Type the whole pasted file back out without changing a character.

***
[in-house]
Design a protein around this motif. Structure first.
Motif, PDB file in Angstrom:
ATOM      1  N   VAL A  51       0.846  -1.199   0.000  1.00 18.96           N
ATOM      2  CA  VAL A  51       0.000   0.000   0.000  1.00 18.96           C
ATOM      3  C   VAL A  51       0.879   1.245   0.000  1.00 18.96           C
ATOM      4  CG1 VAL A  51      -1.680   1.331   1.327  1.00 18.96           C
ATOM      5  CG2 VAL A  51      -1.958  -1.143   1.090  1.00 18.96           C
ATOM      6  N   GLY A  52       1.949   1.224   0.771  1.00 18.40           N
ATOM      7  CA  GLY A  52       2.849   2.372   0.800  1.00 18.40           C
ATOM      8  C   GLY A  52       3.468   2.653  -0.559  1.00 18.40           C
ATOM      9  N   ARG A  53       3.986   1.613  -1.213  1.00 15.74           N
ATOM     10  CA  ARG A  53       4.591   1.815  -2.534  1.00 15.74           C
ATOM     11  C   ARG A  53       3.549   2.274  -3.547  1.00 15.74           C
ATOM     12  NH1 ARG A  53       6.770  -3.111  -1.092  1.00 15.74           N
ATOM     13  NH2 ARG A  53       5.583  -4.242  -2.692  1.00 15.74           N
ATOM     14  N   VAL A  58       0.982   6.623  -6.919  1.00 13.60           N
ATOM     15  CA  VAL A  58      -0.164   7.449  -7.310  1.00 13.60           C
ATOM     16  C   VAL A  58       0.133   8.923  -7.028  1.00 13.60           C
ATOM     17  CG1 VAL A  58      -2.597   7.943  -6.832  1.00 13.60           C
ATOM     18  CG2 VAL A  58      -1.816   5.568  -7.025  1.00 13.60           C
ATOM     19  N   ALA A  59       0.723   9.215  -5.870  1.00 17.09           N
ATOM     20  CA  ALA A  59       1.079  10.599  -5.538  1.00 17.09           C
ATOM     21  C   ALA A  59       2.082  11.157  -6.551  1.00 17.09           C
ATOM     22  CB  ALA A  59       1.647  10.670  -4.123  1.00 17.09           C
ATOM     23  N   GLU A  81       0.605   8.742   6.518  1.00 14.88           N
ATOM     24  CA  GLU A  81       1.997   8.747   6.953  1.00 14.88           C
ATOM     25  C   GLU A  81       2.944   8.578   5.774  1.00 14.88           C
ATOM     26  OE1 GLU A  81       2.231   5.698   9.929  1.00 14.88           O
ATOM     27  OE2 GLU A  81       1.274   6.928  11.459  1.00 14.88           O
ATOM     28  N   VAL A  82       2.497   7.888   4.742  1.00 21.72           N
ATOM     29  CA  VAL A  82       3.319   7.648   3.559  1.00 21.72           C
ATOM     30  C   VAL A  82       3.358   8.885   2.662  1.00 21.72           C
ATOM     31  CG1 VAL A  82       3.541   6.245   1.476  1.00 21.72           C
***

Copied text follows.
[in-house]
Design a protein around this motif. Structure first.
Motif, PDB file in Angstrom:
ATOM      1  N   VAL A  51       0.846  -1.199   0.000  1.00 18.96           N
ATOM      2  CA  VAL A  51       0.000   0.000   0.000  1.00 18.96           C
ATOM      3  C   VAL A  51       0.879   1.245   0.000  1.00 18.96           C
ATOM      4  CG1 VAL A  51      -1.680   1.331   1.327  1.00 18.96           C
ATOM      5  CG2 VAL A  51      -1.958  -1.143   1.090  1.00 18.96           C
ATOM      6  N   GLY A  52       1.949   1.224   0.771  1.00 18.40           N
ATOM      7  CA  GLY A  52       2.849   2.372   0.800  1.00 18.40           C
ATOM      8  C   GLY A  52       3.468   2.653  -0.559  1.00 18.40           C
ATOM      9  N   ARG A  53       3.986   1.613  -1.213  1.00 15.74           N
ATOM     10  CA  ARG A  53       4.591   1.815  -2.534  1.00 15.74           C
ATOM     11  C   ARG A  53       3.549   2.274  -3.547  1.00 15.74           C
ATOM     12  NH1 ARG A  53       6.770  -3.111  -1.092  1.00 15.74           N
ATOM     13  NH2 ARG A  53       5.583  -4.242  -2.692  1.00 15.74           N
ATOM     14  N   VAL A  58       0.982   6.623  -6.919  1.00 13.60           N
ATOM     15  CA  VAL A  58      -0.164   7.449  -7.310  1.00 13.60           C
ATOM     16  C   VAL A  58       0.133   8.923  -7.028  1.00 13.60           C
ATOM     17  CG1 VAL A  58      -2.597   7.943  -6.832  1.00 13.60           C
ATOM     18  CG2 VAL A  58      -1.816   5.568  -7.025  1.00 13.60           C
ATOM     19  N   ALA A  59       0.723   9.215  -5.870  1.00 17.09           N
ATOM     20  CA  ALA A  59       1.079  10.599  -5.538  1.00 17.09           C
ATOM     21  C   ALA A  59       2.082  11.157  -6.551  1.00 17.09           C
ATOM     22  CB  ALA A  59       1.647  10.670  -4.123  1.00 17.09           C
ATOM     23  N   GLU A  81       0.605   8.742   6.518  1.00 14.88           N
ATOM     24  CA  GLU A  81       1.997   8.747   6.953  1.00 14.88           C
ATOM     25  C   GLU A  81       2.944   8.578   5.774  1.00 14.88           C
ATOM     26  OE1 GLU A  81       2.231   5.698   9.929  1.00 14.88           O
ATOM     27  OE2 GLU A  81       1.274   6.928  11.459  1.00 14.88           O
ATOM     28  N   VAL A  82       2.497   7.888   4.742  1.00 21.72           N
ATOM     29  CA  VAL A  82       3.319   7.648   3.559  1.00 21.72           C
ATOM     30  C   VAL A  82       3.358   8.885   2.662  1.00 21.72           C
ATOM     31  CG1 VAL A  82       3.541   6.245   1.476  1.00 21.72           C